Northern California man convicted in torture deaths of 2 children

The "Follow This Story" feature will notify you when any articles related to this story are posted.

When you follow a story, the next time a related article is published — it could be days, weeks or months — you'll receive an email informing you of the update.

If you no longer want to follow a story, click the "Unfollow" link on that story. There's also an "Unfollow" link in every email notification we send you.

This tool is available only to subscribers; please make sure you're logged in if you want to follow a story.

Please note: This feature is available only to subscribers; make sure you're logged in if you want to follow a story.


SALINAS — A jury in Northern California convicted a 20-year-old man of torturing, starving and beating two children whose bodies were found in a storage unit.

The jury on Monday found Gonzalo Curiel guilty in the 2015 killings of a 7-year-old boy and his 3-year-old sister. They also convicted him of torturing their older sister in their Salinas apartment, KSBW-TV reported.

Curiel's former girlfriend and the children's relative, Tami Huntsman, 42, pleaded guilty in February to two counts of murder. Huntsman had agreed to care for the three children after their mother was killed in a car accident and their father — who is related to Huntsman — was sent to prison.

An officer found the oldest child, then 9, with bruises and a broken collarbone in the backseat of a locked SUV in December 2015. Officials later located the tiny bodies of her siblings in plastic containers inside a storage unit in Redding, about 300 miles (483 kilometers) north of Salinas.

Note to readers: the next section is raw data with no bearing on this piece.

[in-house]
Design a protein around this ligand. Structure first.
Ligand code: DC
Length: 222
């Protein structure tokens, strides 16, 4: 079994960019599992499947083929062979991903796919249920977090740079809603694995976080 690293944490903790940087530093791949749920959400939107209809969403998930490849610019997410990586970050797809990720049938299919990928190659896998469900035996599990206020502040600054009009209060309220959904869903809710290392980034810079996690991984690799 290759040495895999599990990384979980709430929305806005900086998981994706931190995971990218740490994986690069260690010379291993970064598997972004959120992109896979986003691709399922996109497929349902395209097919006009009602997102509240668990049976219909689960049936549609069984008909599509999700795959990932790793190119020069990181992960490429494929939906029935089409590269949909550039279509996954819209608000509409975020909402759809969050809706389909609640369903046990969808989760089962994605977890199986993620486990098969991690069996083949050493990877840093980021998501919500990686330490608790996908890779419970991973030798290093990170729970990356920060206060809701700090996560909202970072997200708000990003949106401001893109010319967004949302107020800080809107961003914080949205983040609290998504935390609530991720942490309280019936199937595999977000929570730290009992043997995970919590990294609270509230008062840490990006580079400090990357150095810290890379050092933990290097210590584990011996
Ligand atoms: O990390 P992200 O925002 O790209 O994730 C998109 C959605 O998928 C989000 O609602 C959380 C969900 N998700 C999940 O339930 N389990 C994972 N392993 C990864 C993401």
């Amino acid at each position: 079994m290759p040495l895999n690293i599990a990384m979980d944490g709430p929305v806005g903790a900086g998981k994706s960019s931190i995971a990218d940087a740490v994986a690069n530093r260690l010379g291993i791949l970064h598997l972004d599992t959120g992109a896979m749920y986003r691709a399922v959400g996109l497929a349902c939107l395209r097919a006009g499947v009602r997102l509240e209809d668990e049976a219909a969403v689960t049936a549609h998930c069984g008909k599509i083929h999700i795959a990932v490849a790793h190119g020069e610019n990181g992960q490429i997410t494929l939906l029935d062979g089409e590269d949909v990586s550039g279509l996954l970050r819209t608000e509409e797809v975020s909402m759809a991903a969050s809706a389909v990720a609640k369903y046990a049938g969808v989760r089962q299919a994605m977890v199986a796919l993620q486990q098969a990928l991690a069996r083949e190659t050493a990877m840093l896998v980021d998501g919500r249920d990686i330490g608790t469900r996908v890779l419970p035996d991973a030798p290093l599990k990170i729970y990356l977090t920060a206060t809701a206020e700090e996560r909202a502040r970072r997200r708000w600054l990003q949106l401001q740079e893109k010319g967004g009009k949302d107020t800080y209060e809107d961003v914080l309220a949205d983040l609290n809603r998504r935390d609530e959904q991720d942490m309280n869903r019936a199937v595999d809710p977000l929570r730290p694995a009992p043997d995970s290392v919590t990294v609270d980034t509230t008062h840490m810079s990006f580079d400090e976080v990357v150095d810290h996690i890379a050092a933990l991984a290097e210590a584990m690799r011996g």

The child told investigators that Huntsman and Curiel killed her younger siblings on Thanksgiving after she was caught stealing a bagel. The girl, now 12, was the primary witness in Curiel's trial.

She told jurors she and her siblings were stripped naked, sprayed down with cold water, beaten with a shower head, and locked in a tiny bathroom for extended periods of time as punishment.

Curiel was a "sadistic" person who "enjoyed controlling and hurting children," Monterey County Assistant District Attorney Steve Somers said.

Curiel was a minor when the killings occurred. He was tried as an adult, but prosecutors were not able to seek the death penalty under California law. He and Huntsman were scheduled to be sentenced next week.


This story has been corrected to show Gonzalo Curiel's first name was misstated as Gustavo.

Show Comment

Our Network

Sonoma Index-Tribune
Petaluma Argus Courier
North Bay Business Journal
Sonoma Magazine
Bite Club Eats
La Prensa Sonoma
Emerald Report
Spirited Magazine